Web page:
Bones of Crows is not an easy film to watch but its creators feel there is healing to be found within the heaviness. Dene/Métis filmmaker Marie Clements’ epic story of one Cree woman’s life confronts hard truths in Canada’s dark history but is ultimately about Indigenous resistance and resilience.
Originally pitched to CBC as a miniseries, Clements jumped at the opportunity to create a feature that delved into the multi-generational impacts of residential schools. While the film is now playing in theatres, a five-part miniseries going deeper into the family’s history will begin September 20 on CBC and APTN.
“It was a great opportunity to look at how multi-generational survival and resilience has been embedded in our families,” Clements told the Nation. “Understanding our parents or grandparents were working hard to build a future while also dealing with memories that would reveal themselves.”
Bones of Crows covers a century of shared history from an Indigenous perspective. The story focuses on Aline Spears, who was forced from her large and happy family in 1930s Manitoba into residential school. Enduring abuse and heartbreak, she becomes a code talker in the Second World War and has a family of her own but is haunted by past trauma until she finally confronts her abusers.
While the characters occasionally feel overloaded with every imaginable burden encountered by Indigenous peoples, the film’s fluid flow across time pulls viewers to the bigger picture – our ancestors’ hardships are very much connected to daily lives. It stands as a testament to survivors’ stories and an unapologetic defiance of colonial oppression.
“It was extraordinarily challenging on every level, but we did not stop,” said Clements. “I think a lot of Indigenous filmmakers in this country feel they’ve been born to tell this story. I felt honoured to get this opportunity because it hasn’t always been there for us. For everyone who leaned into it, it was more than just another project – it meant everything.”
Black wings live in the mind’s eye of the central character, who sees the cloaks of Catholic priests and nuns descending upon her and her siblings like crows. Clements integrated memories of her mother and aunties into the script, feeling a responsibility to reclaim accounts she’d heard on a personal and community level.
Shooting began at the former Kamloops Indian Residential School shortly after 215 suspected unmarked graves were discovered on the site in 2021. While Clements braced for a last-minute relocation, she believes the community wanted the shoot to continue for “the truth to be seen and heard.”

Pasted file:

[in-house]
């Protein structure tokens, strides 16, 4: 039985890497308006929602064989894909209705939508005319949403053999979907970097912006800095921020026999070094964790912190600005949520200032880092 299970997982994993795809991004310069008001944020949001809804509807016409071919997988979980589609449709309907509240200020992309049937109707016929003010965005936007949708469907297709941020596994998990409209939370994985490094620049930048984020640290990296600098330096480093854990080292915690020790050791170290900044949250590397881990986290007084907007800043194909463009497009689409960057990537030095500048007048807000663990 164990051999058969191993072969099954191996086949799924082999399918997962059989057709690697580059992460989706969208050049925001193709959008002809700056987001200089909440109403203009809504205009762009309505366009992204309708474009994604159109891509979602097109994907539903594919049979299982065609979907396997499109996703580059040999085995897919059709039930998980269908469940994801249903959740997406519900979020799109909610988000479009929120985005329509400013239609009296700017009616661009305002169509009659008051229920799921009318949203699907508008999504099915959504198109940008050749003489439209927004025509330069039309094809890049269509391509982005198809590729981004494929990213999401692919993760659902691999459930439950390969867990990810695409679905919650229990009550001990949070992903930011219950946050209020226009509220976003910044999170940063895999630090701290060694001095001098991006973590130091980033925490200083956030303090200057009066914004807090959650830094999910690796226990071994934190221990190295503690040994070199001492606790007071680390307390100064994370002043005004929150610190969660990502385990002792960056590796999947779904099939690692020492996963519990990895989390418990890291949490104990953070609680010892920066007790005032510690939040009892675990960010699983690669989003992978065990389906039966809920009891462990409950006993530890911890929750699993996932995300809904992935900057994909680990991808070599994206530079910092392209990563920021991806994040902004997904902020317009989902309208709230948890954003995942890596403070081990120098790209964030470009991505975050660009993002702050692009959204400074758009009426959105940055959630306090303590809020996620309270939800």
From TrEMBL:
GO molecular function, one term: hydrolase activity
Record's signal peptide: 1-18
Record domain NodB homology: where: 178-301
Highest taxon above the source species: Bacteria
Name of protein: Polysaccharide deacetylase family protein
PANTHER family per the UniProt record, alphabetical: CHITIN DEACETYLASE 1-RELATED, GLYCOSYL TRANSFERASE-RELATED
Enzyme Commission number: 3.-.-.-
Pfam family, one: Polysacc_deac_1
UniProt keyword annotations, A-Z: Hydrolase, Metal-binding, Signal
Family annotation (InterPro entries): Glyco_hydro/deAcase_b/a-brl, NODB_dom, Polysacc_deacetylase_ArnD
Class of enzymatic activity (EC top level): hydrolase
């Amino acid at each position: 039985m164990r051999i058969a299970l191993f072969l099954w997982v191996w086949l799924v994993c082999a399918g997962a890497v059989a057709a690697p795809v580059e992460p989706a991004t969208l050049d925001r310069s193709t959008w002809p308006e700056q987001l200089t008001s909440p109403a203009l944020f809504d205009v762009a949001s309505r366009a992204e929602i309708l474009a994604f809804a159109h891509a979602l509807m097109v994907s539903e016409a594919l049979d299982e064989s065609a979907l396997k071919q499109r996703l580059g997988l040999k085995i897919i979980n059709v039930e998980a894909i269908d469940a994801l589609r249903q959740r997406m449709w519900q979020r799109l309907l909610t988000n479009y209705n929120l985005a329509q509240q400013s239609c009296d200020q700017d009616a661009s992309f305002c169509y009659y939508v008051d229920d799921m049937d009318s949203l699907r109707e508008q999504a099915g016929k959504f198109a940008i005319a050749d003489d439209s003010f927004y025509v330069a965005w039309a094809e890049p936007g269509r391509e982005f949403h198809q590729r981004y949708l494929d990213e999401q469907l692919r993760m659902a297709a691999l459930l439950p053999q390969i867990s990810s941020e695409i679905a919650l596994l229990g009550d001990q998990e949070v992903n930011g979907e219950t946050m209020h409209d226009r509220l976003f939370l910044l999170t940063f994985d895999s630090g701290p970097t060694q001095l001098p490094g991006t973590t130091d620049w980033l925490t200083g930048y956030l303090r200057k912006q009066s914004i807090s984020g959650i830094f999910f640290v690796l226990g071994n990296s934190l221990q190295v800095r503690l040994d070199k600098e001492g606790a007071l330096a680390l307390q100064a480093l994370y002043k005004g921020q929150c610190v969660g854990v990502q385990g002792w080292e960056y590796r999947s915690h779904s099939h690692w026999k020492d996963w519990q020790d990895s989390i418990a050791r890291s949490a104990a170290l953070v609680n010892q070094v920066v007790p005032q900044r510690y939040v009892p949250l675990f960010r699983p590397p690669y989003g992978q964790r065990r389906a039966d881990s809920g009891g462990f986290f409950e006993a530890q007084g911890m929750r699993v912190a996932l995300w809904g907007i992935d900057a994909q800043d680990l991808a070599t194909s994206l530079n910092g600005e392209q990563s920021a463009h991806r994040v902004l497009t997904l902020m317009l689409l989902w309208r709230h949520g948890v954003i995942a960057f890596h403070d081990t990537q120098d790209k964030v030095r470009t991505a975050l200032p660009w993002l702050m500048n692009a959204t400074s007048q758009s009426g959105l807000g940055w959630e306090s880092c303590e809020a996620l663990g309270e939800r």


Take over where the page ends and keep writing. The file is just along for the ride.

“It was a profound experience to be shooting in the girls’ dorm and looking out the window at hundreds of people gathering for the memorial,” shared Clements. “When you’re working with a large Indigenous talent pool and crew, knowing that every single person on set has family that went to residential school, it’s a very different movie set.”
Secwépemc actress Grace Dove infuses the grown-up Aline’s devastating pain and resilience with warmth and beauty. At the film’s premiere during last September’s Toronto International Film Festival, Dove said she knew taking the role would mean sacrificing a piece of herself, knowing she “was not going to be the same person coming out.”
Among the film’s talented cast is a cameo from legendary filmmaker Alanis Obomsawin when the Elder Aline testifies before the Truth and Reconciliation Commission. Taking the film to small communities has sparked meaningful discussions with audiences about a past that is only now coming to light.
“That was an amazing experience, seeing community members understand for the first time that this Elder has experiences they never felt able to talk about,” explained Clements. “A lot have been revealing their truths. It’s meant to open hearts and minds and create change, not to point fingers.”
Cree viewers may recognize the voice during the orchestral finale of Bones of Crows as Mistissini singer-songwriter Siibii, even though it’s conveyed through the film’s actress. Accompanied by the Victoria Symphony, Siibii summoned their powerful performance from a very personal place.
“I literally drew from this thought of how powerful it would be if my grandmother was in the audience listening to me,” said Siibii. “I love my gookum so much and unfortunately with her health she hasn’t been able to see any of my shows. That was the moment I got to live vicariously through this character.”
Watching the film with three generations of family was particularly emotional, as Siibii’s grandmother had hidden her daughter in the bush to protect her from residential school, where she had been taken at age four.
“I think my mom, little sister and great aunt could not only see ourselves in the movie but feel our gookum’s having lived through these heartbreaking moments,” Siibii suggested. “It’s not based on a real person’s story, but it captures so many Indigenous peoples’ experiences in Canada.”
The film’s agonizing depiction of children being removed from their family felt even more heart-wrenching because it’s a phenomenon still occurring to some extent today – Siibii’s nieces and nephews have been in and out of social services. Despite the challenging subject matter, Siibii feels this is the perfect time for these stories to be projected onto big screens.
“Not only for Indigenous folks to feel validated in their family’s stories but to be available to the larger Canadian society,” explained Siibii. “These stories can’t be erased from the history book. As Indigenous peoples we should be allowed to grieve as long as we need and make art about it.”
by Patrick Quinn, Local Journalism Initiative Reporter